DISPLAYS FOR COMPLEX SYSTEMS - KNOWING A FEW CONCEPTS CAN IMPROVE THEIR QUALITY
Creating displays for complex systems, such as chemical processing units, can be a perplexing task. The quality of the displays created is largely dependent on the designer's awareness of underlying concepts and principles of display design. Knowing some of the underlying concepts will help prevent bad displays from being created. A concept which is unknown by many display designers is the concept of lapping. Simply stated, lapping refers to the correspondence between two sets of objects.
The "goodness" of a control display is largely determined by the closeness of the lapping between the controller operation and the machine's functions. Take, for example, the steering wheel of an automobile. Turning the steering wheel to the right causes the car to veer to the right. There is a direct relationship between the controller's and the machine's actions, which is reflected in a high degree of lapping. The direction of the controller movement (steering wheel turned to the right) laps directly onto the machine's movement (car veering to the right). If there is a high degree of lapping between the controller's action and the machine's output, then it is easy for a person to construct a conceptual model and correctly control the machine.
In Norman's example cited in a separate article ("Can a Control System be Operated Correctly if the User Has an Incorrect Conceptual Model?"), he could not figure out how to set the controls of his refrigerator because there was poor lapping between the controller operations and the refrigerator's functions.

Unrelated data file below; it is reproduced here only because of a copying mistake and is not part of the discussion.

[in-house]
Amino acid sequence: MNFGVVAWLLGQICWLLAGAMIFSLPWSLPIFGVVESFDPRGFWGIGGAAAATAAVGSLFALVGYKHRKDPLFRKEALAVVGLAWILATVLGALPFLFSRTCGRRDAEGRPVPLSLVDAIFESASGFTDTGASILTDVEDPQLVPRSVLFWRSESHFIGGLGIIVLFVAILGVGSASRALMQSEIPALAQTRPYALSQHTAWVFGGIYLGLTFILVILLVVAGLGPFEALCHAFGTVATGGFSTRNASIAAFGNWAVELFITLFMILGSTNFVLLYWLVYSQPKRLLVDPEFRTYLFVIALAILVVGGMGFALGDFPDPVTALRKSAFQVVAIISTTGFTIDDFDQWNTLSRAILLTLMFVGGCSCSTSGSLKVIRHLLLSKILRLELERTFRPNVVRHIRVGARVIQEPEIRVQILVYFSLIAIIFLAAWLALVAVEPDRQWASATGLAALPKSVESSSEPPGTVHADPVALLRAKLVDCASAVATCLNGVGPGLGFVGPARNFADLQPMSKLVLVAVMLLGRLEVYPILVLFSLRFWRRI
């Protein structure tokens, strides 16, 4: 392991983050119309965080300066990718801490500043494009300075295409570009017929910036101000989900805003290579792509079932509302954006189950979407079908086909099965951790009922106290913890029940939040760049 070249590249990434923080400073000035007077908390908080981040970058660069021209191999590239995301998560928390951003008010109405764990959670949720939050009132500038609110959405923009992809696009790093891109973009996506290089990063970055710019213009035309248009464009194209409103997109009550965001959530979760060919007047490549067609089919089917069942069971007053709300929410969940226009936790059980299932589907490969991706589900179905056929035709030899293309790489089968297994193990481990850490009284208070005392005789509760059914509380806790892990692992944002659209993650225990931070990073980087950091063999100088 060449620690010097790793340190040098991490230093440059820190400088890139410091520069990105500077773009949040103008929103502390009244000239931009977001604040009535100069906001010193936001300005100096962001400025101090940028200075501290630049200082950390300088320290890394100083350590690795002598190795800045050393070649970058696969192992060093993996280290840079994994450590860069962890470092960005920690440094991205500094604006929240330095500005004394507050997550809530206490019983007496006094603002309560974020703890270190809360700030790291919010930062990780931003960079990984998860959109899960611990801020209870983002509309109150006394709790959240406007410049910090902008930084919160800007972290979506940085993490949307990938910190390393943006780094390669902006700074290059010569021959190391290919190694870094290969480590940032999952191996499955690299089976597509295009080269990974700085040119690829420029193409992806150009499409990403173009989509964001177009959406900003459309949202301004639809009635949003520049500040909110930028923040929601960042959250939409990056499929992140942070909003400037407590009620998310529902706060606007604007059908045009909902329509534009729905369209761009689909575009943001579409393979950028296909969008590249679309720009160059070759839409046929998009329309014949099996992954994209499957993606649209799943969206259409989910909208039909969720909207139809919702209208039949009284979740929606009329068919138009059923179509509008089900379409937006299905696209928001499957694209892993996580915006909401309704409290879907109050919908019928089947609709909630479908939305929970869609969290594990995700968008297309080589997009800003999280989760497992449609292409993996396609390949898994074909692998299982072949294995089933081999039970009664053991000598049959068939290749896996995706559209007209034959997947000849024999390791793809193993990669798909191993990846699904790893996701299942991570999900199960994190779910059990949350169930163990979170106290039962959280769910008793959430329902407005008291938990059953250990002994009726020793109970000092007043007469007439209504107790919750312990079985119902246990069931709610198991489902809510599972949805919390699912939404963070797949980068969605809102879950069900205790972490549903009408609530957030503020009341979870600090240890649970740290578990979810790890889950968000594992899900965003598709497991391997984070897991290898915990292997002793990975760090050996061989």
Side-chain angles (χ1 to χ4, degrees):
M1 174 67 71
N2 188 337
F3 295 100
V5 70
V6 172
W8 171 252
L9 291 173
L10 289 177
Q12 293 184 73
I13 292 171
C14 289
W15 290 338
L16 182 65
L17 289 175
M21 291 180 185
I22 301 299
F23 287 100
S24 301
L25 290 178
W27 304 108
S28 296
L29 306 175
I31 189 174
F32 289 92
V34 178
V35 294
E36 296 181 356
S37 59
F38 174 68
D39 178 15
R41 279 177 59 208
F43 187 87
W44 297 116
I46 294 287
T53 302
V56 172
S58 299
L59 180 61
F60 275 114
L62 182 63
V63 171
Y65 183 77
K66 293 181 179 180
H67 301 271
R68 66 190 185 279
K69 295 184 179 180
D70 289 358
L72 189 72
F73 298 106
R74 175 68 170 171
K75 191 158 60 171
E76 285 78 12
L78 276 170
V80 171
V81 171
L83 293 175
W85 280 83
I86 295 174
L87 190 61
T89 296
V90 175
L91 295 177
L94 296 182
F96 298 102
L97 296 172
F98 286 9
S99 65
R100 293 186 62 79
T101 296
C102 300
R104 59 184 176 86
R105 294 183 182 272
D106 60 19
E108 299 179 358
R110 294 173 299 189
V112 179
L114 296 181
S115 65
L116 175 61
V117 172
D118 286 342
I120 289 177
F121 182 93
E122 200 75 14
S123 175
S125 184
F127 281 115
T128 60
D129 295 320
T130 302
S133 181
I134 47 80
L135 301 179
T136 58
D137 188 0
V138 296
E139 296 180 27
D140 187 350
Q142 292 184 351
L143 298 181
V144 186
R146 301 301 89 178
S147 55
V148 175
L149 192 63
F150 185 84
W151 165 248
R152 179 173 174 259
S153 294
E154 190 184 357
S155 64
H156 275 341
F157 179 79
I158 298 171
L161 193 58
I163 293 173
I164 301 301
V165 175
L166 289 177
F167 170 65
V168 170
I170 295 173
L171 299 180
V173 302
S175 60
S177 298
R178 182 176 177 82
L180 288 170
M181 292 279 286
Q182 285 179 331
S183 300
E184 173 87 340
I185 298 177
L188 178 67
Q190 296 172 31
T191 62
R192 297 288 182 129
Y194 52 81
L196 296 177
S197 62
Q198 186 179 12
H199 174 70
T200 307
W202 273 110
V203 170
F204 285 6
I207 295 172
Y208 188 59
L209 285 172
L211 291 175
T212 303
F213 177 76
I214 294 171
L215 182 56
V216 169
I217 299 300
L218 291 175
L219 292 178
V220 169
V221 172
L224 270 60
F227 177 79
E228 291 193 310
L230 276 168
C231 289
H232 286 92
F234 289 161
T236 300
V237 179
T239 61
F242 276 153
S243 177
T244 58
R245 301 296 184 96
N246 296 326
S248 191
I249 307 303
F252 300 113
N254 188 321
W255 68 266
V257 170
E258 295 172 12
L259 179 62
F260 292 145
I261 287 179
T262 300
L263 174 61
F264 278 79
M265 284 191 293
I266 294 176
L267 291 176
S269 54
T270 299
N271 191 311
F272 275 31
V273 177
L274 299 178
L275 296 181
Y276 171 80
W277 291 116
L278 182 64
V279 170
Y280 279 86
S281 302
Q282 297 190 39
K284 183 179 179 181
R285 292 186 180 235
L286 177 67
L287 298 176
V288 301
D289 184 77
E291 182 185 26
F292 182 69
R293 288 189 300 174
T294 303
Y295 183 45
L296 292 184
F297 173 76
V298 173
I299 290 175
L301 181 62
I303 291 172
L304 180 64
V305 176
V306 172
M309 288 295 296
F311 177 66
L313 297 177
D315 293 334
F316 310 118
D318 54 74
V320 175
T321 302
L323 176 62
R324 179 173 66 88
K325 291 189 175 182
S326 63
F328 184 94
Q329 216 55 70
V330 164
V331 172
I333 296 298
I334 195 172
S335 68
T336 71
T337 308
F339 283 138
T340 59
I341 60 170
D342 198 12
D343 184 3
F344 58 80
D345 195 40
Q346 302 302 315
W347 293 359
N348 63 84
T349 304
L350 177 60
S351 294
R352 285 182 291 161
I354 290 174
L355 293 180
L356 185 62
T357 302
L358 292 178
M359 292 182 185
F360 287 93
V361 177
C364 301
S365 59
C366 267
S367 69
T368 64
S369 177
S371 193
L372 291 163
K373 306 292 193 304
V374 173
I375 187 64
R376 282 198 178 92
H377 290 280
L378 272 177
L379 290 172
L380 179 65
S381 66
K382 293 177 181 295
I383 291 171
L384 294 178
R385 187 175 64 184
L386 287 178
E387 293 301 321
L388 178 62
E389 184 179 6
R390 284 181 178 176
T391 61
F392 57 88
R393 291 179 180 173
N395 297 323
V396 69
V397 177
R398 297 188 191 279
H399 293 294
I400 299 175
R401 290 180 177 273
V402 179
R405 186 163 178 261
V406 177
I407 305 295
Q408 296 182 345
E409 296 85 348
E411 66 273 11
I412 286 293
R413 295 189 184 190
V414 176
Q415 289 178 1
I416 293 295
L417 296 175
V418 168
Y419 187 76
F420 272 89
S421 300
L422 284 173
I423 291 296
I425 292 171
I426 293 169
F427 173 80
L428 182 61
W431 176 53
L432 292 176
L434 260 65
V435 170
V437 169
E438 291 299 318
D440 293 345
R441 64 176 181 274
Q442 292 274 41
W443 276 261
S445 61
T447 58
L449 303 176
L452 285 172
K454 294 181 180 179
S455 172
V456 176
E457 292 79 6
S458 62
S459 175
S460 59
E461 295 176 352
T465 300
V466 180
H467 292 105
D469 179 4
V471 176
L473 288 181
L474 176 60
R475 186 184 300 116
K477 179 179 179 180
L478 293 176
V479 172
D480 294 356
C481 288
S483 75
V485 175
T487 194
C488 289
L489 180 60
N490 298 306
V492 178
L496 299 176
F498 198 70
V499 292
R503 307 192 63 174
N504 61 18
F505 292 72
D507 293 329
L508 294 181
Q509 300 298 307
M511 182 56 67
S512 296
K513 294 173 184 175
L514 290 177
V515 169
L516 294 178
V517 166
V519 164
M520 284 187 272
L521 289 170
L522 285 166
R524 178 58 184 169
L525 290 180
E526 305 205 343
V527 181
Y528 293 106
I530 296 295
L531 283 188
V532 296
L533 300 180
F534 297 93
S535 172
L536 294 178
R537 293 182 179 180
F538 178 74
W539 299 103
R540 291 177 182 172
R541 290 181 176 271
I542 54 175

A better design for the refrigerator's controls might lap the basic functioning of the refrigerator (cold air production and direction) as well as the system constraints (minimum, and maximum cooling and direction) onto the operation of the controller.
The concept of lapping can be extended to displays for advanced control systems. Just as a car driver does not need to be shown the entire steering mechanism to develop a conceptual model which will allow him to steer the car, displays for advanced control systems do not have to show the operator exact wiring schematics for him to use the control system. With the limitations of current display systems, the display representation would probably be far from exact. However, the displays do have to be done correctly. With an advanced control display, the relationships between the advanced control program and the system's constraints need to be mapped onto the display.
Copyright © 1993 Beville Engineering, Inc. , All Rights Reserved
RELATED EXTERNAL MEDIA
|Operator Interfaces Expand Human Factors||Automation World|
|How to Build a Better Operator - ABB Automation & Power World||Control Design|
|Operators Get More Help||Chemical Processing|
|Impact of Alarm Rates and Interface Design on Operator Performance||Automation World|
|Simple, Strong and Easy-to-Use||Control Global|
|DCS Console Operator Issues in Related Industries||TAPPI|
|Operator Performance as a Function of Alarm Rate and Interface Design||Mesa.org|
|Operator Interfaces: Moving from Comfortable to Most Effective||Automation World|
|User Centered Design at Work||Control Global|
The dates for this year's Fall meeting for the Center for Operator Performance will be announced soon. For more information, please contact Lisa Via. Guests are always welcome!
Our summer newsletter is now available. Click here!
Take our short survey on operator span of control. Click here (new window)
David Strobhar's book, "Human Factors in Process Plant Operation," is now available in both hardcover and Kindle e-book.
Copyright © 1996-2017 Beville Engineering, Inc. All rights reserved. (937)434-1093. Beville@Beville.com